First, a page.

We have consulted the police closely, and discussed the various acts with them. We believe that this definition will assist the law enforcement agencies. Should we go for a definition broad enough to catch the range of activities that we believe terrorists may undertake but that could potentially catch other activities? Or should we go for a narrow definition that limits the chances of catching actions some believe to be non-terrorist but which, by definition, involve serious violence or the like, but would fail to catch all the terrorist activity of which we are aware? That is the balance that the House must judge and that we have been trying to judge in the three months and a day since Second Reading.

I come now to the amendments before us. Let me deal first with some of the points made by my hon. Friend the Member for Hull, North. Amendment No. 122 refers to putting the public in fear. The proposition that any seriously violent act carried out to put the public in fear should be caught by the definition of terrorism could lead to an unacceptably wide definition--even wider than the one in the Bill.

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The right hon. and learned Member for Sleaford and North Hykeham (Mr. Hogg) referred to hunt saboteurs, but other examples are equally controversial. The Yorkshire Ripper certainly put the public in fear--would that be categorised as a terrorist act? I do not think that it could be described as terrorist behaviour, but it would certainly have put the public in fear and would have been caught by the proposed definition. Apart from controversial activities such as demonstrations and hunt saboteurs, very serious crimes would, quite inappropriately, be caught by that definition.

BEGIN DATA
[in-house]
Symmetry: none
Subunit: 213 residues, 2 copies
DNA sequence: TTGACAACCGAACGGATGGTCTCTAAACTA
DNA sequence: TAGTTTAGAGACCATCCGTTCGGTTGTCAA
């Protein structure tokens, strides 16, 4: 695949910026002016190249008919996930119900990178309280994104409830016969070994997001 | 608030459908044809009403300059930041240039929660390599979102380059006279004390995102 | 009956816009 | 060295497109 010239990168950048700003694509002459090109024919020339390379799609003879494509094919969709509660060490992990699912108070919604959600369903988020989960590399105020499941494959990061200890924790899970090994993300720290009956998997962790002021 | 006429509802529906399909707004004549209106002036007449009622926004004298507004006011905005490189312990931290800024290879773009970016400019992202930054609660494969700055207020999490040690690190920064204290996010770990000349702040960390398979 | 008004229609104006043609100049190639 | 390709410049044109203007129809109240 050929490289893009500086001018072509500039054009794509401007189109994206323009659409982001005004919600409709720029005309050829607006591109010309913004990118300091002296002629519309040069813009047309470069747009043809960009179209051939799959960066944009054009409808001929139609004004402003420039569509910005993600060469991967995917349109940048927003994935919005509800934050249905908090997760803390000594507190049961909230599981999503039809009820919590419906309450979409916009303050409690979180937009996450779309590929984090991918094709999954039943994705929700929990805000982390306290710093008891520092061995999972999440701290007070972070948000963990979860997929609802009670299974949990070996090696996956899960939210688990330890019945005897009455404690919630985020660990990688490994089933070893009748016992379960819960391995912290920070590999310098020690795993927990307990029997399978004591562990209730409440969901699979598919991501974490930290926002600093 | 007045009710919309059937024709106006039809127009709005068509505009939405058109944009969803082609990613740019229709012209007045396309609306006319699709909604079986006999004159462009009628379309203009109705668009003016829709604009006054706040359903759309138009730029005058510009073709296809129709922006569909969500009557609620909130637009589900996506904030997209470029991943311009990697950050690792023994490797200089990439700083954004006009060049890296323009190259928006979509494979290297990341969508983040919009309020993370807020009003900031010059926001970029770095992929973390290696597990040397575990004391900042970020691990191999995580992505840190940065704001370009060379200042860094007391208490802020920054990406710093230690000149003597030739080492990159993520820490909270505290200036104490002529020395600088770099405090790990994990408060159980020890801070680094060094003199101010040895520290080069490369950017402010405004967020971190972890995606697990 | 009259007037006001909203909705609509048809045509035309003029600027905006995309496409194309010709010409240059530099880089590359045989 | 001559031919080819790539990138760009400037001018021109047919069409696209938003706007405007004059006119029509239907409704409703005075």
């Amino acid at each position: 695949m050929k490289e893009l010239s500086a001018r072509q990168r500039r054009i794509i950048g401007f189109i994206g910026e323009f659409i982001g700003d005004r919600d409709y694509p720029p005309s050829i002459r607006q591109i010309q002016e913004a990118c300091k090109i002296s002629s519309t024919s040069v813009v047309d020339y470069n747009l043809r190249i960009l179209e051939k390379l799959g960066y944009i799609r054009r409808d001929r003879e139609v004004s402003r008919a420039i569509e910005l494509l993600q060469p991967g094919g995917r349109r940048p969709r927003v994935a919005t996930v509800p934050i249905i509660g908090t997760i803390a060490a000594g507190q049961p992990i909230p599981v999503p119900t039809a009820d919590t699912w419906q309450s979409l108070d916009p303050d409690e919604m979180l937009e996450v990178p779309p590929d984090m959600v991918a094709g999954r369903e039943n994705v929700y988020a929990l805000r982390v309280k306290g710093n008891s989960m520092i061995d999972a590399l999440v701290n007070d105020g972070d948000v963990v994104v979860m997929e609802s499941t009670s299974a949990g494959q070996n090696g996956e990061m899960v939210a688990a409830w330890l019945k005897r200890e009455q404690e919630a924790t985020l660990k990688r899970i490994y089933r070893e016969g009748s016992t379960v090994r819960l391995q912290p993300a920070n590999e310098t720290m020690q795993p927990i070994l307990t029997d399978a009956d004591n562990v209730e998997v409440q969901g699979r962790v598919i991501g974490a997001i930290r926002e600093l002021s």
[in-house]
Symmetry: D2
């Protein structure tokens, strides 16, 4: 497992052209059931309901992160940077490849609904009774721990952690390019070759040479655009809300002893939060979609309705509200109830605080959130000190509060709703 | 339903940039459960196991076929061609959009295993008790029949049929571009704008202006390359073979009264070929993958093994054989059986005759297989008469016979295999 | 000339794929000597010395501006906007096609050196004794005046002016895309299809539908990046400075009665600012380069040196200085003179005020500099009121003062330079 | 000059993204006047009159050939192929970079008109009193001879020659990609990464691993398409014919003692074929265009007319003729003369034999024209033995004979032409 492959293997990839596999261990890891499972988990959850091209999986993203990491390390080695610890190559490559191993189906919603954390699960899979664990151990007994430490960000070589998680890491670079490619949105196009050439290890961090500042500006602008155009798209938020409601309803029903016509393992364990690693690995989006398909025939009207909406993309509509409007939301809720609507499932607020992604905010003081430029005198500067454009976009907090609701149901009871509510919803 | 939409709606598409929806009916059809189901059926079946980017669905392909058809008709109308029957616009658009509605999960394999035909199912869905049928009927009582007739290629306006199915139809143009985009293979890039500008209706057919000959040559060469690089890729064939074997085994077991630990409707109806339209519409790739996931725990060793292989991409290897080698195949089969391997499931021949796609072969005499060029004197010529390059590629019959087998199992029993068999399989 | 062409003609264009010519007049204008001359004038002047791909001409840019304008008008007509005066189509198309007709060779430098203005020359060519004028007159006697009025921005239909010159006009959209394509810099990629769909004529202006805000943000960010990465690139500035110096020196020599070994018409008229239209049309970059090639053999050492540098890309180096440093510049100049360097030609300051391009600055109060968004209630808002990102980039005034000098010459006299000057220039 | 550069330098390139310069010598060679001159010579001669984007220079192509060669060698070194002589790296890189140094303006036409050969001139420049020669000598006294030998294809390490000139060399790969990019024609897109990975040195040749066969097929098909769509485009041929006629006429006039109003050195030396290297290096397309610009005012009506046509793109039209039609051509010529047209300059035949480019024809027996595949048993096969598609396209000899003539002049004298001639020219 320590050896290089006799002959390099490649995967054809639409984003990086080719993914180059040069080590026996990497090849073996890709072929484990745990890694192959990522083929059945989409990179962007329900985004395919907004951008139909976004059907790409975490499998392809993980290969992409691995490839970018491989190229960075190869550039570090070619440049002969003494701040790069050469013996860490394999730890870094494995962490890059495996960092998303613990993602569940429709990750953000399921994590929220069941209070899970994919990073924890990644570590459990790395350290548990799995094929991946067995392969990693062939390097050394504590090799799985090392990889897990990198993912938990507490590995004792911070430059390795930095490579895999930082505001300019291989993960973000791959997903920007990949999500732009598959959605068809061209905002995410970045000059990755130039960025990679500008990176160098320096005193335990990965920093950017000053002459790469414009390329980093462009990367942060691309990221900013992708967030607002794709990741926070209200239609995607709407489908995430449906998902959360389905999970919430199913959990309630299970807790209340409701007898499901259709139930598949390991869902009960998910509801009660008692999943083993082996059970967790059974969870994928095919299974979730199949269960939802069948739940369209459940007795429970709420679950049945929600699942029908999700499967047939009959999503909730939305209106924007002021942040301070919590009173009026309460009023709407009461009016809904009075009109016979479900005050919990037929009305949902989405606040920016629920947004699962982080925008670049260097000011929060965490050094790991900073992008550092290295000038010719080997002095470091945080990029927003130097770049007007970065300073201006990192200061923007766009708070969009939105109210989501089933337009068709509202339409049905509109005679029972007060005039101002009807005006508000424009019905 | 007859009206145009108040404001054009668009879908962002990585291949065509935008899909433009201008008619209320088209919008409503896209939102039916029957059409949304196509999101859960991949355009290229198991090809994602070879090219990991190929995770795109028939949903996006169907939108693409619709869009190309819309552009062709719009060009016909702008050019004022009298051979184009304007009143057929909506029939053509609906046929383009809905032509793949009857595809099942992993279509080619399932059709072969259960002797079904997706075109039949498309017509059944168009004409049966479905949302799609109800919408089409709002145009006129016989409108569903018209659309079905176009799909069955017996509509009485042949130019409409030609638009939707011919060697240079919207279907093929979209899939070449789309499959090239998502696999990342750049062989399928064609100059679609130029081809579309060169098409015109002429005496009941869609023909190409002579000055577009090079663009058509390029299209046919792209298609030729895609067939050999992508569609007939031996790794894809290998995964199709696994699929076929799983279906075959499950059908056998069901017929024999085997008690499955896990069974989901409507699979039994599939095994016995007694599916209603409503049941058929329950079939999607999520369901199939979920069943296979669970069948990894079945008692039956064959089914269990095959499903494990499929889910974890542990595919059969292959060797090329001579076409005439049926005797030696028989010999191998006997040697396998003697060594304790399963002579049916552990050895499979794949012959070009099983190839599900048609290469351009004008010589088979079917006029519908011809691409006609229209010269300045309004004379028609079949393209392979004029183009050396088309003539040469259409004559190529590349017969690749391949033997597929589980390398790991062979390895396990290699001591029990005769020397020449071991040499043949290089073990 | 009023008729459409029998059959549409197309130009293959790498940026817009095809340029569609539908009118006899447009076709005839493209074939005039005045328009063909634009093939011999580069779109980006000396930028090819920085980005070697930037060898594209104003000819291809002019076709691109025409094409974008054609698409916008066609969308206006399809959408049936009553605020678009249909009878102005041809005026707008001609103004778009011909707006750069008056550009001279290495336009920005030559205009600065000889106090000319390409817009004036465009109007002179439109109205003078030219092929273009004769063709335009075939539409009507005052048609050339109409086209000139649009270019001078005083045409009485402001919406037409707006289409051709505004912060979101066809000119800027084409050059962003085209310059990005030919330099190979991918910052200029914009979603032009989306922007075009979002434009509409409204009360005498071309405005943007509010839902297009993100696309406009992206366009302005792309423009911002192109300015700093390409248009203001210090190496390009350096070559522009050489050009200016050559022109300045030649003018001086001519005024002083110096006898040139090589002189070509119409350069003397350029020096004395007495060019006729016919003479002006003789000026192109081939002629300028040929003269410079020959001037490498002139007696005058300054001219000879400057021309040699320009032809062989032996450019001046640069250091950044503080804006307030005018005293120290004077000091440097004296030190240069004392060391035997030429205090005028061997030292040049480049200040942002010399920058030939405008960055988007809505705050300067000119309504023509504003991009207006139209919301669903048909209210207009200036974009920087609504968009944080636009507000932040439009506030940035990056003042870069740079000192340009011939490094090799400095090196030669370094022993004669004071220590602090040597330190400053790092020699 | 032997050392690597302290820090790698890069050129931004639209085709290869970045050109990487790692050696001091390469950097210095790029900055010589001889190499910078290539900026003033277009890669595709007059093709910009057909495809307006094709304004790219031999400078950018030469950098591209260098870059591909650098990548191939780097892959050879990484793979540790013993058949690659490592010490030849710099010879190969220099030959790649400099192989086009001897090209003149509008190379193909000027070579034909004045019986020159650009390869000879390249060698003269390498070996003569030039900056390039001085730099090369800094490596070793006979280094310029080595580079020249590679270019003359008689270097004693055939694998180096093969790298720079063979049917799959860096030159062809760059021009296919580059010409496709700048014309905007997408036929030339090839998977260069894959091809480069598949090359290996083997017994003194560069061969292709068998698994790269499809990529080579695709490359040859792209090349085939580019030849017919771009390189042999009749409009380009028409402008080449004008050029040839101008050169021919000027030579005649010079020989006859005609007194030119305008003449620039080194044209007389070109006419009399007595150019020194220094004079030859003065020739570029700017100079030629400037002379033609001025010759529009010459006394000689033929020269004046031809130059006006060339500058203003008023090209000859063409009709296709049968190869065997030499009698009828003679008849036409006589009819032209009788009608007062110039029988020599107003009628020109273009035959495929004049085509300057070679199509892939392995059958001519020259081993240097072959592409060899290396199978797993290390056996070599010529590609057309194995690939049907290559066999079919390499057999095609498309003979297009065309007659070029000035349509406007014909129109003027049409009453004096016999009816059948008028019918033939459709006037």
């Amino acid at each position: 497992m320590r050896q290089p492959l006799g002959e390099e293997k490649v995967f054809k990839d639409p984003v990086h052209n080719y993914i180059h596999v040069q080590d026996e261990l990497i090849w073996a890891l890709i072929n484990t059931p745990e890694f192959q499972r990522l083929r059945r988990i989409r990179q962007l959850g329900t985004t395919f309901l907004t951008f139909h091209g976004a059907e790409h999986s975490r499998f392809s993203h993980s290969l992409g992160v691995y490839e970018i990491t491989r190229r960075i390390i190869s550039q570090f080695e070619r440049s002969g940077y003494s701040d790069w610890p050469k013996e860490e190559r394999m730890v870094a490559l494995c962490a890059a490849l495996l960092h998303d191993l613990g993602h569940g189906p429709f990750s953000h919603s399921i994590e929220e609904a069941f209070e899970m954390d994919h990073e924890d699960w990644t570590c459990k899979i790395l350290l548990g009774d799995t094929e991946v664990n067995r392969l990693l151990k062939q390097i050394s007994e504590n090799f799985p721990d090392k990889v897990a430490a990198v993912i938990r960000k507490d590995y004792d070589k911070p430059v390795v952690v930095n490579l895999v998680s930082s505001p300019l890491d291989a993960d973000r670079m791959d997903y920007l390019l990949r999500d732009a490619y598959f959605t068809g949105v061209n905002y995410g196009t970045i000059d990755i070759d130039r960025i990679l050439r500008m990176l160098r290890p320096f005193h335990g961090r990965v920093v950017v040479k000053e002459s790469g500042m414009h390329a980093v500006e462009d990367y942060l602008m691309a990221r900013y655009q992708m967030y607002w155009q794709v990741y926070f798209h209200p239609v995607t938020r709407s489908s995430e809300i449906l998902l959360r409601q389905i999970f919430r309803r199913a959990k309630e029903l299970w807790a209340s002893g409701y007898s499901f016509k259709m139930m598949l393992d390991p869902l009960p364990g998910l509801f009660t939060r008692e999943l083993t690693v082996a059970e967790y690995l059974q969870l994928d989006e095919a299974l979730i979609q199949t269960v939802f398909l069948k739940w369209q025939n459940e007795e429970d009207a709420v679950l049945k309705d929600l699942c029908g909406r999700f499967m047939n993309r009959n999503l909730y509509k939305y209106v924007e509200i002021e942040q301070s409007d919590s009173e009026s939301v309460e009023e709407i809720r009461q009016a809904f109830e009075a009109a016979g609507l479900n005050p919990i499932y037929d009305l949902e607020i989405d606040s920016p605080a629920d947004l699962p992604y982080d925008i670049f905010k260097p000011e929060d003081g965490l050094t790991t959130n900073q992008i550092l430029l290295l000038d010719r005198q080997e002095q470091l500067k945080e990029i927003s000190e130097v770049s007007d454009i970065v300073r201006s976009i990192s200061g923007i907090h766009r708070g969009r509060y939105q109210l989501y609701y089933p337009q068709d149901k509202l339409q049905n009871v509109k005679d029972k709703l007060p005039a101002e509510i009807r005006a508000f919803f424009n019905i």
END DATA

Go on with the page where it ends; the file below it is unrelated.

I agree that the notion of fear of terrorism is key to the concept of terrorism, but it is an over-simplification to suggest that all actions carried out to put the public in fear are acts of terrorism or could be so defined. They clearly are not. I believe that we need a different or additional filter, which is why we believe that the motivational approach which my hon. Friend does not like and seeks to remove by his amendment--that the act was carried out to advance a political, religious or ideological cause--is the right one. The motivation is what distinguishes other actions that put the public in fear from acts of terrorism.

Mr. John Cryer (Hornchurch): Would the definition in the Bill have caught the striking miners of 15 years ago and/or the people who supported the anti-apartheid movement during the 1970s, 1980s and early 1990s?

Mr. Clarke: As I said on Second Reading and thereafter, I believe that the answer to both questions is no.

Mr. Hogg: The hon. Gentleman has just conceded that hunt saboteurs, beastly though they are, should not be treated as terrorists. Will he accept that they are carrying out an act that falls within the scope of an act that is capable of being defined as terrorism under clause 1?

Mr. Clarke: I do not accept that. That is the burden of what I will say when I come to the specific points that have been made. If I accepted the right hon. and learned Gentleman's point, I would accept some of the comments that have been made in the debate, but I do not accept it.

Mr. Simon Hughes: Will the Minister give way?

Mr. Clarke: No, I will not. I wish to make more progress.

Several hon. Members mentioned property. The Government stand by their view that violence against property can be terrorism--it is not necessarily, but it can be. The hon. Member for Aylesbury (Mr. Lidington) gave some examples. The Canary wharf bombing is the most striking example in our recent history.

What about a bomb, such as the one at Canary wharf, for which a lengthy and accurate warning is given and which destroys buildings? It does not seem logical that empty targets could be bombed and livelihoods and communities destroyed as a result, but that the police would not have at their disposal the powers and offences triggered by the definition of terrorism. The serious violence against property limb must be retained to deal with those far from fanciful examples.

Mr. Hughes: The definition of terrorism is that it has to have a motivation--it could apply to property--that,

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in the Government's wording, is "political, religious or ideological". In reality, anyone could define what they do in such a context. To be honest, that definition does not take anyone any further. Someone could say, "For me, this is an ideological matter. It is subjective; it is incapable of objective analysis by the court."

Mr. Clarke: It is capable of objective analysis. The Bill establishes a massive process whereby the courts and the House will consider the definitions. We will all make our judgments, as will the courts. The Bill sets the context.